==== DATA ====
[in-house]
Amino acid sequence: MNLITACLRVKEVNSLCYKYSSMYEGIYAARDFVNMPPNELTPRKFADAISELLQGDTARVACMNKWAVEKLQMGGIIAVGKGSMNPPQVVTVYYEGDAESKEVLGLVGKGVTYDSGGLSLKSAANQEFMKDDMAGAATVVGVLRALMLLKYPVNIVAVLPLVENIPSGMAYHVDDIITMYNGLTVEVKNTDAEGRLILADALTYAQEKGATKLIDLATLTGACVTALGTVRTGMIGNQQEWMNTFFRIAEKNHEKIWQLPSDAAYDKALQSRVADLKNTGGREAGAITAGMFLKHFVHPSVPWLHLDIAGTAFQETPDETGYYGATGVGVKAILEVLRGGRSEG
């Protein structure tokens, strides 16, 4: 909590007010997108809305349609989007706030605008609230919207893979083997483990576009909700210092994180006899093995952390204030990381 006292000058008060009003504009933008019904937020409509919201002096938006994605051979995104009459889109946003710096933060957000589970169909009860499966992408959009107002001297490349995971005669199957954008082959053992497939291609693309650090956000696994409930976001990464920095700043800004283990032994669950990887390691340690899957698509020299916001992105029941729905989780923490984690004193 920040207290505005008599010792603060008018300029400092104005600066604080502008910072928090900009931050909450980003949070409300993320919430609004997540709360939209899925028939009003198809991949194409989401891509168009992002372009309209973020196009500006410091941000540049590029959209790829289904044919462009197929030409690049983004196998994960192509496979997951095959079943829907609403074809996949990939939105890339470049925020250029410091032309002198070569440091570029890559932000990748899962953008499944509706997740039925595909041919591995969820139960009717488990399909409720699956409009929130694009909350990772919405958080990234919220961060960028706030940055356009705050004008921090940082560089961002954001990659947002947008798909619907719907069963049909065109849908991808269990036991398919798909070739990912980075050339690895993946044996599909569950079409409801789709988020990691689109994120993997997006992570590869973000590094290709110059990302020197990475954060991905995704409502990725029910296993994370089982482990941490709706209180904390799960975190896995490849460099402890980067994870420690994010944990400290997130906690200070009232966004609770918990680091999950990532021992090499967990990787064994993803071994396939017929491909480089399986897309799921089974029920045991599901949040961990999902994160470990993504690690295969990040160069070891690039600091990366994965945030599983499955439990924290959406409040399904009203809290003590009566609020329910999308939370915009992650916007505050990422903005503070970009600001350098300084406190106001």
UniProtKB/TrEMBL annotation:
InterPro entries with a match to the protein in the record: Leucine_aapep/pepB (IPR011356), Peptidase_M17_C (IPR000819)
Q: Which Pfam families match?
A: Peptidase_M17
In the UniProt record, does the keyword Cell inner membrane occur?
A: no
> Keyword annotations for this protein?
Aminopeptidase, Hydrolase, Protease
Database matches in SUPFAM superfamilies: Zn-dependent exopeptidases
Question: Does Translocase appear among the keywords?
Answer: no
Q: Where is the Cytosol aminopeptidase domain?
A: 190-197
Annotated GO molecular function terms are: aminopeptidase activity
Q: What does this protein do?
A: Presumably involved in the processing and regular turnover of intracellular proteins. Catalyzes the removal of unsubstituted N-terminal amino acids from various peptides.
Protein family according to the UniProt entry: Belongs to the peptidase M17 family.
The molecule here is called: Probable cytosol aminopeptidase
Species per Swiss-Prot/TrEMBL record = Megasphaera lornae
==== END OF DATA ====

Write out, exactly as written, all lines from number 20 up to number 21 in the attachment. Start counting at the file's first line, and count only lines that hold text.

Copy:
Protein family according to the UniProt entry: Belongs to the peptidase M17 family.
The molecule here is called: Probable cytosol aminopeptidase